Leonardo DiCaprio Testifies at Foreign Lobbying Trial of Former Fugee Pras Michel

“I basically said, ‘Wow, that’s a lot of money.'”

Leonardo DiCaprio at the London premiere of "The Wolf Of Wall Street" on Jan. 9, 2014.Joel Ryan/AP

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Jurors in federal court won’t get to hear if Leonardo DiCaprio remembers Britany Spears jumping out of a cake at a birthday party for a mysterious Malaysian Hollywood financier who has since been accused of playing a leading role in a massive corruption and money laundering scheme.

DiCaprio testified Monday in the trial of former Fugees member Pras Michel, who is charged with campaign finance violations and illegal foreign lobbying. The allegations against Michel are all tied to Jho Low, the Malaysian businessman who financed DiCaprio’s Oscar-winning film The Wolf of Wall Street. Low threw what the actor, who would know, said were notably lavish, celebrity-studded parties, often on boats or at nightclubs. Low met celebrities including DiCaprio, Michel, Paris Hilton, and model Miranda Kerr, who he reportedly dated, at such events. Low, now a fugitive believed to be hiding in China, is also charged in the Michel case.

DiCaprio didn’t have to answer a question about Spears—posed by prominent defense lawyer David Kenner, who represents Michel—because prosecutors objected, reasonably, that whatever happened with the cake was irrelevant to the case.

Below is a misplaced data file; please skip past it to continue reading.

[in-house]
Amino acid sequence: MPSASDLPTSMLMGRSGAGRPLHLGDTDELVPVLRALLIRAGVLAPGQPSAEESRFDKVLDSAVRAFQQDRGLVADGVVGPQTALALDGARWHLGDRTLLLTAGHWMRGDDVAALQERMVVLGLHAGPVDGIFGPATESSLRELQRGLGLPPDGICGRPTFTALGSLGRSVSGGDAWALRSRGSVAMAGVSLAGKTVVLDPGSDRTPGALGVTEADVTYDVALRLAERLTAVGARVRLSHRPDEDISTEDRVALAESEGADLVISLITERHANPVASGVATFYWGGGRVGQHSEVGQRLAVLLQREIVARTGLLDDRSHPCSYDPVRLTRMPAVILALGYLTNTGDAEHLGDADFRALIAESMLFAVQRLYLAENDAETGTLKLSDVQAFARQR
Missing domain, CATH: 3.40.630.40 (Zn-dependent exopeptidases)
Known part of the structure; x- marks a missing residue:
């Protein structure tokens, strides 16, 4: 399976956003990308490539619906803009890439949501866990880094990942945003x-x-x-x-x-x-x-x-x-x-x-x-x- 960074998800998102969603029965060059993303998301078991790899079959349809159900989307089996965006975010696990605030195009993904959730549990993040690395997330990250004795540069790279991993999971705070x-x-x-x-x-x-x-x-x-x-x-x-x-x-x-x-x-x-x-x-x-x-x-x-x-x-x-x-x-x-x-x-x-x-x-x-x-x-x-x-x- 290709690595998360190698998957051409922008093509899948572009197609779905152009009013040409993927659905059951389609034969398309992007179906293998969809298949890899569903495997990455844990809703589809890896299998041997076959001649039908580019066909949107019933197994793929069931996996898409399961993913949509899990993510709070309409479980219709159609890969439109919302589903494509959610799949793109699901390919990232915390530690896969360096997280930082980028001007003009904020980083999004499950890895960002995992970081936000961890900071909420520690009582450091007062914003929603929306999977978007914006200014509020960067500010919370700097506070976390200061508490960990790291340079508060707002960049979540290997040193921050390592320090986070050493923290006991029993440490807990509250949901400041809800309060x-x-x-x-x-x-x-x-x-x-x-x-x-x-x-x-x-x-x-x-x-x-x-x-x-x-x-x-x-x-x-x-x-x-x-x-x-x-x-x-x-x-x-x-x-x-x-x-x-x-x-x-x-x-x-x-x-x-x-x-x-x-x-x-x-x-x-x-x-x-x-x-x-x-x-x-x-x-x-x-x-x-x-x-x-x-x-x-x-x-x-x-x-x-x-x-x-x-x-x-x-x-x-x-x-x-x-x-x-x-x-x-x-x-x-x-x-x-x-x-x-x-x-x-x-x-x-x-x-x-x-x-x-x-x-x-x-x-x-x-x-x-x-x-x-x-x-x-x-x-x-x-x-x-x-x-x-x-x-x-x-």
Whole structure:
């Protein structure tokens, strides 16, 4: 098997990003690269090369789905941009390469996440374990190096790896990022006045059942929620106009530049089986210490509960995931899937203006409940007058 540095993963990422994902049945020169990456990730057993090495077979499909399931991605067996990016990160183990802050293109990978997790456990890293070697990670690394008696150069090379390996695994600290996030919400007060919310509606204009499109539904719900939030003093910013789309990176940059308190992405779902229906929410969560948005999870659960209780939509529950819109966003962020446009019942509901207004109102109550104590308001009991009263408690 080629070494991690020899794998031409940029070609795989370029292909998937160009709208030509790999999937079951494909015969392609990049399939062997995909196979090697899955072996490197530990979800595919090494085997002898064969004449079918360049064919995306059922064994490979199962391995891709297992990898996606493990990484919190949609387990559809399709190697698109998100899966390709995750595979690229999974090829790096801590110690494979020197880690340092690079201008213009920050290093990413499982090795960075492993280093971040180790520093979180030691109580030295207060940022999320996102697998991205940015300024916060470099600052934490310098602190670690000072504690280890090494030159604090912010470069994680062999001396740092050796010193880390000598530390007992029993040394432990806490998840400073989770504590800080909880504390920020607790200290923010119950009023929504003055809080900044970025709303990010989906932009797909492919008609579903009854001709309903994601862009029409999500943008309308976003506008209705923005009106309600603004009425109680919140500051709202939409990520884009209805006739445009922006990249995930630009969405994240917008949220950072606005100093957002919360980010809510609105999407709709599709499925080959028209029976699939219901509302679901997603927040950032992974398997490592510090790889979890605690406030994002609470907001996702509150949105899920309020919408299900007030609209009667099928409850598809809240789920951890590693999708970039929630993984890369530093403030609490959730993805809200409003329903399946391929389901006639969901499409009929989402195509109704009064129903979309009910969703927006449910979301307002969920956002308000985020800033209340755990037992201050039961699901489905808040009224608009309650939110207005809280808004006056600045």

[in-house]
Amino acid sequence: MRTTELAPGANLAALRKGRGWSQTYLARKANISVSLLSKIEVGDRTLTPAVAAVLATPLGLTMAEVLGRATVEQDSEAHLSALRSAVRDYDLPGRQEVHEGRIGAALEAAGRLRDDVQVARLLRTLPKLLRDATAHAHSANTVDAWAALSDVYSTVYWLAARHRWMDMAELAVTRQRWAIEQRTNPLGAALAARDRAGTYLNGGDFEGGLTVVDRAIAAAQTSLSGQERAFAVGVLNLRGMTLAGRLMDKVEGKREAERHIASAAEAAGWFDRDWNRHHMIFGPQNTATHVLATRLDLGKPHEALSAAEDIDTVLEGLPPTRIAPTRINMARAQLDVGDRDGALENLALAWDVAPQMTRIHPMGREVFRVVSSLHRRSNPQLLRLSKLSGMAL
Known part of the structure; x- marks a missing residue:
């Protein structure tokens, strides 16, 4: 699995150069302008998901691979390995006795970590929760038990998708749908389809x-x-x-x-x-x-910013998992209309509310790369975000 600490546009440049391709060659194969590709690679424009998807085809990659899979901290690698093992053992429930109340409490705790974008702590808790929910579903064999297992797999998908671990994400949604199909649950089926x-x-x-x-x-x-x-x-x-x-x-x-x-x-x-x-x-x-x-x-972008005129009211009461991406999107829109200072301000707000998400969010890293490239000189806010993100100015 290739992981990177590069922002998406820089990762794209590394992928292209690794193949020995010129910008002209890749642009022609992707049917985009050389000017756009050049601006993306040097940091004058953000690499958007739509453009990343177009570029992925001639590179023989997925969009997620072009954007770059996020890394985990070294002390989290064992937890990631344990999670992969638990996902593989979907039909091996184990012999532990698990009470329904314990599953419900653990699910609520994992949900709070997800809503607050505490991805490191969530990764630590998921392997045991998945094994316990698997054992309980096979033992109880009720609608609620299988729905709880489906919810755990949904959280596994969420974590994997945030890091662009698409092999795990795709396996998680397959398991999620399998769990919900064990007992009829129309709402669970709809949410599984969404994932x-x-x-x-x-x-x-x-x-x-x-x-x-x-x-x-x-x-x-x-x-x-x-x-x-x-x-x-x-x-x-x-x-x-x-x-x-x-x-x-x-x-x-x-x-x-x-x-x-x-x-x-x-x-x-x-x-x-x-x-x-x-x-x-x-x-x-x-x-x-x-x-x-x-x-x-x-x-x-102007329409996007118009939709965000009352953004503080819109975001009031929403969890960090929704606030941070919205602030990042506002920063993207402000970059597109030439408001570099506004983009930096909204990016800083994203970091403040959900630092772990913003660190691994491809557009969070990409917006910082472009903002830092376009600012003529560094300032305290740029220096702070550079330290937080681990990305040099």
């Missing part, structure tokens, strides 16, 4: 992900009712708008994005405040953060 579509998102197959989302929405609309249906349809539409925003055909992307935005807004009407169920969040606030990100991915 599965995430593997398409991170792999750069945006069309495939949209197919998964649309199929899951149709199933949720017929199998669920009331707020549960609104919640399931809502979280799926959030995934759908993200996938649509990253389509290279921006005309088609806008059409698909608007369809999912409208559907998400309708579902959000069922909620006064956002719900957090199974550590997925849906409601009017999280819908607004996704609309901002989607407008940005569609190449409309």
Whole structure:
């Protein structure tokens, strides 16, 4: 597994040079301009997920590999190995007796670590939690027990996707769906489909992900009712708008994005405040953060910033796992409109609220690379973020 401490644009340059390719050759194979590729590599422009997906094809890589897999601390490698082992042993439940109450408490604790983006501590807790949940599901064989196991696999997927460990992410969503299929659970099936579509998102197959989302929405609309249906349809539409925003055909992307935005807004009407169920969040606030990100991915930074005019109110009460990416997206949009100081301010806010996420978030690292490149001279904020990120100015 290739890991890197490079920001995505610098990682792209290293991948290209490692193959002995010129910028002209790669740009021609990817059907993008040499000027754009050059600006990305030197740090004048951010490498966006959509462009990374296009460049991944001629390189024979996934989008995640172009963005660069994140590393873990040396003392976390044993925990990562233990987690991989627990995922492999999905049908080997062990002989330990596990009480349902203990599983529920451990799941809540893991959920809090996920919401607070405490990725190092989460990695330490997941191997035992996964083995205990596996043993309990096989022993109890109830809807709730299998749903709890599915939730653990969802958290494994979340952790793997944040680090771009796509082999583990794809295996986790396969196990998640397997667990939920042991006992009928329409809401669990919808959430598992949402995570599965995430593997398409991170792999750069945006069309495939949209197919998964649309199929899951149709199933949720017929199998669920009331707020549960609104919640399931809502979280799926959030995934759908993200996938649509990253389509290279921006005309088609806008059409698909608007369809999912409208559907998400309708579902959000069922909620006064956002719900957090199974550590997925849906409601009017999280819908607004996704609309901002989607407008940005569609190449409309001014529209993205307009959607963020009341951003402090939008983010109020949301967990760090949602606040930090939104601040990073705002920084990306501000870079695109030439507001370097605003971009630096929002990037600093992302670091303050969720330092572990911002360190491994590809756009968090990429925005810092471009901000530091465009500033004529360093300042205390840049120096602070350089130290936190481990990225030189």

DiCaprio’s appearance, and in particular Kenner’s questioning of him, marked an especially whacky episode in almost indescribably wild—and pretty complicated—legal saga. Michel is accused of illegally funneling $20 million from Low to Barack Obama’s 2012 reelection campaign. (There is no allegation that Obama’s campaign knew of the scheme.) Five years later, Michel, in exchange for millions of dollars, helped Low arrange a lobbying effort to try to convince Donald Trump’s administration to block a Justice Department investigation into Low—and to extradite to China a billionaire fugitive facing fraud charges there. (That fugitive, Guo Wengui was arrested last month and charged with running an unrelated fraud and money laundering scheme.)

Michel helped Low hire Elliot Broidy, who at the time was a top Republican fundraiser, to secretly lobby Trump on Low’s behalf. Broidy pleaded guilty to related charged in 2020, only to be pardoned by Trump. He is set to appear as a witness for the government at Michel’s trial. Michel’s lawyers also tried to call Trump and Obama, along with former Housing and Urban Development Secretary Ben Carson, as witnesses. Judge Colleen Kollar-Kotelly quashed those subpoenas.

DiCaprio, however, had to show up, due to his fairly extensive dealings with Low between around 2010 and 2015. Wearing a sober dark suit and speaking deliberately and often so softly that Kollar-Kotelly repeatedly urged him to raise his voice, the Departed star testified that he recalled a party at which Low mentioned a plan to donate “$20 to $30 million” to the Democratic Party in 2012. DiCaprio said he didn’t hear any more about this plan, which sounds like the campaign finance scheme Michel allegedly assisted with.

“I basically said, ‘Wow, that’s a lot of money,'” DiCaprio recalled.